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#Multicultivate: Can diversity really be taught?

Japanese American National Museum - Tateuchi Democracy Forum

The interracialCheerios commercial. The Swiffer ad with a mixed race family and a dad who lost a hand and part of his arm. The Honey Maid #ThisIsWholesome campaign featuring a range of families, including a gay couple and their two sons. All three use a marketing strategy that speaks to our increasingly diverse populations in Southern California and around the country.

These commercials reflect the realities of many kids’ lives, and have sparked conversation about diversity right in our living rooms and at our kitchen tables. But how effective is talking, really? Are there other ways parents and caregivers can broach discussion about diversity? And if it’s actually “teachable,” what approaches make the message stick?

Saturday, June 14, from 1:00 – 2:30pm, KPCC emerging communities and immigration reporter Josie Huang takes the Crawford Family Forum on the road to the Japanese American National Museum. She’ll talk with a special panel about how we can help kids understand and appreciate the diversity of their own families and communities… and what they see in other kids – and adults – around them.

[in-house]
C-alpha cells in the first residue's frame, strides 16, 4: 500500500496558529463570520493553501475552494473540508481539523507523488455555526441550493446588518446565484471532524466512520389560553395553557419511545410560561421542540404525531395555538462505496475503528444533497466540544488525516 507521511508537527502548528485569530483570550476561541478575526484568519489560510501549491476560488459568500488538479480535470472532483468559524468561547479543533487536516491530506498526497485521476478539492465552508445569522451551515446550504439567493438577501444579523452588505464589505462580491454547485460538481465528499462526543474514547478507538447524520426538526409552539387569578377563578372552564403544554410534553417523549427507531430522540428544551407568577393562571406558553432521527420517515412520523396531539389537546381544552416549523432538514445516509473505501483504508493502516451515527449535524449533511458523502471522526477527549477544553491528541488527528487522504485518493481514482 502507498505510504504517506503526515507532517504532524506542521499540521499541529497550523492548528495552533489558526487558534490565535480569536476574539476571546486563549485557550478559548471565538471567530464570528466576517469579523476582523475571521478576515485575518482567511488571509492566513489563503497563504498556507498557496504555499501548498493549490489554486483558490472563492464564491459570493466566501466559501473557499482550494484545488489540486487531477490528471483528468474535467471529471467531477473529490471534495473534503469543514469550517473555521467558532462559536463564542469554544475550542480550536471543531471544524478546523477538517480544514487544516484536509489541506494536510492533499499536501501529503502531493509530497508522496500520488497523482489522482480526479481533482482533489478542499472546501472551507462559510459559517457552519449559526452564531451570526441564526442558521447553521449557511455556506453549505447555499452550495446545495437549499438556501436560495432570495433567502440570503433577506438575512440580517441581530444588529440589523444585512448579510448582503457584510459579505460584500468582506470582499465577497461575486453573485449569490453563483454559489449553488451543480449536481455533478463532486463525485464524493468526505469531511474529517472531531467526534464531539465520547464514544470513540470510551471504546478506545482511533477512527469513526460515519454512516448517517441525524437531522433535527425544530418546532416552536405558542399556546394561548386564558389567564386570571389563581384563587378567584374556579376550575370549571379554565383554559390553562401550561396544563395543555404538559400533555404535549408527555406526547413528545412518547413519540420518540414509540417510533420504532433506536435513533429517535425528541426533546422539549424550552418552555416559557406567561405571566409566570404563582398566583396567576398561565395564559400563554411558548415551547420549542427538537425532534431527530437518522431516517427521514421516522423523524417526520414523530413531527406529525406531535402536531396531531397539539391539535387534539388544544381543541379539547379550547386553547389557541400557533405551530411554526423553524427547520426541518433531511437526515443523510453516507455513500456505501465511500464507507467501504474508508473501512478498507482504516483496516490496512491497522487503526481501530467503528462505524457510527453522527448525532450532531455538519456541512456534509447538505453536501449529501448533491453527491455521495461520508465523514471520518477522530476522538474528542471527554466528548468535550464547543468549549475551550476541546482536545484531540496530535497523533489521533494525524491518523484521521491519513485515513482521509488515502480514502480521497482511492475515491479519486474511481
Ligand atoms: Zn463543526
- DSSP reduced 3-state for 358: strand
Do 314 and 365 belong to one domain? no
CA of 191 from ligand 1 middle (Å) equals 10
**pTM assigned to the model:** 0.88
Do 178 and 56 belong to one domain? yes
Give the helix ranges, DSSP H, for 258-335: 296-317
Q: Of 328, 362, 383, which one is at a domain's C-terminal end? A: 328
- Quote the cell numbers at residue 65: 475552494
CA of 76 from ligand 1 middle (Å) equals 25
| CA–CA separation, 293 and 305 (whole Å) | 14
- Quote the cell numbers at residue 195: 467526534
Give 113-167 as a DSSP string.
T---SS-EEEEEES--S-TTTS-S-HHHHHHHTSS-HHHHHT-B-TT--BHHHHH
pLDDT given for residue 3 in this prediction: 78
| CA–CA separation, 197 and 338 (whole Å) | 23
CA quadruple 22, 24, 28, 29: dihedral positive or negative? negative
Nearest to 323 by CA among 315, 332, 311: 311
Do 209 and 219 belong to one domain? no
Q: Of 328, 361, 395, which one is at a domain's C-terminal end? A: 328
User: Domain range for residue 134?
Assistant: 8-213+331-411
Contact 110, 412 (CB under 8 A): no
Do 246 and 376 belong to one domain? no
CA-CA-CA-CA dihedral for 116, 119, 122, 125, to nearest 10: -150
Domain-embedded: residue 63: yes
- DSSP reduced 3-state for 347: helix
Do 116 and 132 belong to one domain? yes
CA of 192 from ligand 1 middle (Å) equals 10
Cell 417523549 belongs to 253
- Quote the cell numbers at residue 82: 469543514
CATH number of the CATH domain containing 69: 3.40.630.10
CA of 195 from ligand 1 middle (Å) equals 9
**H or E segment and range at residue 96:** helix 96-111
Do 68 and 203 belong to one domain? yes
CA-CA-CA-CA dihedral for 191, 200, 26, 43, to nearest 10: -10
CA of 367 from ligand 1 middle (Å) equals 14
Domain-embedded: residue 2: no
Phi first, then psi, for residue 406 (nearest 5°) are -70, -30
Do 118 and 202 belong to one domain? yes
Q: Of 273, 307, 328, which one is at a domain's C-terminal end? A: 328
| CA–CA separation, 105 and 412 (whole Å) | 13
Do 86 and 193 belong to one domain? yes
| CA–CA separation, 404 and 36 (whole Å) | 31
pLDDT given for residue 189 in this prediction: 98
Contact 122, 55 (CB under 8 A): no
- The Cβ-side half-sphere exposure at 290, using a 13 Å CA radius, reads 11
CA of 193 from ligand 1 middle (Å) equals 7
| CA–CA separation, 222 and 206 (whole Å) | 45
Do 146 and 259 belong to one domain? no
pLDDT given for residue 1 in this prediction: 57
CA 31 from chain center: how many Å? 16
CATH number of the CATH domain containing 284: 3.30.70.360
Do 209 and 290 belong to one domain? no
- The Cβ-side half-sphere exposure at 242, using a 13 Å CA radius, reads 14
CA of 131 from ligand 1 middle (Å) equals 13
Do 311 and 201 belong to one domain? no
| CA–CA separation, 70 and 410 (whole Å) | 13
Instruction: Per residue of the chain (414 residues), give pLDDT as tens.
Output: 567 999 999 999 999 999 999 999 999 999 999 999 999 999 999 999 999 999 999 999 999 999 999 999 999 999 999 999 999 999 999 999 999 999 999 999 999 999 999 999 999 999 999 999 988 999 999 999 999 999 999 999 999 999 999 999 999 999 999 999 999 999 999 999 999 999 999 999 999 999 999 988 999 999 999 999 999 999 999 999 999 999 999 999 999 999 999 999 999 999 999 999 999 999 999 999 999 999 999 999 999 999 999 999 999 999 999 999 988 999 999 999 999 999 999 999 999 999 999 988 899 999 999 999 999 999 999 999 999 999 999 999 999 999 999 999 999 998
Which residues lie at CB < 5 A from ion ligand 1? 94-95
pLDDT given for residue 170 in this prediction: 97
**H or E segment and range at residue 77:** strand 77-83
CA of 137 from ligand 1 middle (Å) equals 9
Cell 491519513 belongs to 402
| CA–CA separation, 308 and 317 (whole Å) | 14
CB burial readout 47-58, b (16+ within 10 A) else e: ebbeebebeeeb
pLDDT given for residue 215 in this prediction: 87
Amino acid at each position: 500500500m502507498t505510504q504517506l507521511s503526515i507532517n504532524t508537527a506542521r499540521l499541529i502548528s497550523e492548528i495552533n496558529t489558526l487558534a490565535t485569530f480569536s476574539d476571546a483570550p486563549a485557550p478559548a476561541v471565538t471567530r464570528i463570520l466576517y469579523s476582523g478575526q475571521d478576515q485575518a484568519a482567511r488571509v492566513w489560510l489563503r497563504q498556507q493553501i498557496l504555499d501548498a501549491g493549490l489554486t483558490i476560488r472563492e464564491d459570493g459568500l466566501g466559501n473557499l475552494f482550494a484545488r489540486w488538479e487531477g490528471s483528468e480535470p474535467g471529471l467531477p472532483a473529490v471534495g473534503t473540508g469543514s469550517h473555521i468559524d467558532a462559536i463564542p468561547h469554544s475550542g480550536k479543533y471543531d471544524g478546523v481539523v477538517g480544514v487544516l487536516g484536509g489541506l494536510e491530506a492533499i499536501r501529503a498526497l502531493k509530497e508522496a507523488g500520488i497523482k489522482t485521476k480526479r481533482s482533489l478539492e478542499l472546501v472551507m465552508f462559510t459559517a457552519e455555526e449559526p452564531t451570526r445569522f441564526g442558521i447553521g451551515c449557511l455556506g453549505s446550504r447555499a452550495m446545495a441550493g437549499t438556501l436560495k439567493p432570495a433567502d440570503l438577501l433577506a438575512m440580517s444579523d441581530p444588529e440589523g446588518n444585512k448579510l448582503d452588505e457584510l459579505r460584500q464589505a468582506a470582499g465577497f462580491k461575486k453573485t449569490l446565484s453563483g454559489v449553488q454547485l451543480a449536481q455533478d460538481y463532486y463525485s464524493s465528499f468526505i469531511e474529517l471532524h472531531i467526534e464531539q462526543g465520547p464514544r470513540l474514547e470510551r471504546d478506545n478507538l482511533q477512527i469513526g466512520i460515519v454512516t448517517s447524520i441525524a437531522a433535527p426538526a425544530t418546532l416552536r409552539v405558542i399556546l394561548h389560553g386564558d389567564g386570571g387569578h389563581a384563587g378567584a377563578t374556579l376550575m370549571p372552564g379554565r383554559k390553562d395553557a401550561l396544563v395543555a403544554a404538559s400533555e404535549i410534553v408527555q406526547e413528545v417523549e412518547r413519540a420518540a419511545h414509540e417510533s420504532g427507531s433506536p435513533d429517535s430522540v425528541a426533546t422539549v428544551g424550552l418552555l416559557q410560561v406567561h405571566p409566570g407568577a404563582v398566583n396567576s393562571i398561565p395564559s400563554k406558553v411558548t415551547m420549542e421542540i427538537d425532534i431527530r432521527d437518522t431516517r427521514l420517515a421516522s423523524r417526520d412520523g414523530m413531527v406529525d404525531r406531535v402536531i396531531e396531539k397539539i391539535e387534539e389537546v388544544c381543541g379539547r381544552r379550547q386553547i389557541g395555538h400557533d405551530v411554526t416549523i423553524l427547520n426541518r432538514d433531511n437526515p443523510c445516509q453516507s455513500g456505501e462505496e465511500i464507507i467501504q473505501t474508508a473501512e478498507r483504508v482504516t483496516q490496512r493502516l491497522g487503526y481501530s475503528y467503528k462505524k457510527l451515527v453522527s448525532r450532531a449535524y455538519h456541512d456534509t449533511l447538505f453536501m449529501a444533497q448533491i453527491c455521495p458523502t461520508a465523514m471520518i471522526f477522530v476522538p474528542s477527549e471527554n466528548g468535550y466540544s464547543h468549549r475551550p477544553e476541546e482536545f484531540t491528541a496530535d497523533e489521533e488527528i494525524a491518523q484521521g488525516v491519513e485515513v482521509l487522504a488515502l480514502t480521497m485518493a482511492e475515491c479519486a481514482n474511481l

This KPCC conversation and Q&A is part of the Mixed Remixed Festival’s day of programming. The festival brings together film and book lovers to celebrate stories of multiracial, mixed and hapa individuals with workshops, readings, film screenings and live performances for the largest West Coast celebration of Loving Day.

Heidi Durrow: author of The Girl Who Fell from the Sky (New York Times bestseller, PEN/Bellwether Prize for Socially Engaged Fiction winner); founder of the Mixed Remixed Festival; Ebony Magazine Power 100 Leader.

Sonia N. Kang: Vice President of Multiracial Americans of Southern California (MASC); writer of The Mixed Up Blog, contributor to Modern Mom; co-founder of Multiculti Cuties.

Terrence Franklin: trust and estates litigation attorney in Los Angeles and founding partner at Sacks, Glazier, Franklin & Lodise, LLP. He has two teenage daughters with his former wife, who is also African American; partner of Jeffrey Moline.

Jeffrey George Moline: songwriter, musician and filmmaker; partner of Terrence Franklin.

12:50pm - Doors Open
1:00pm - Program

Admission is FREE, but RSVPs are required. *Please note that RSVPs for this event will be collected by The Mixed Remixed Festival.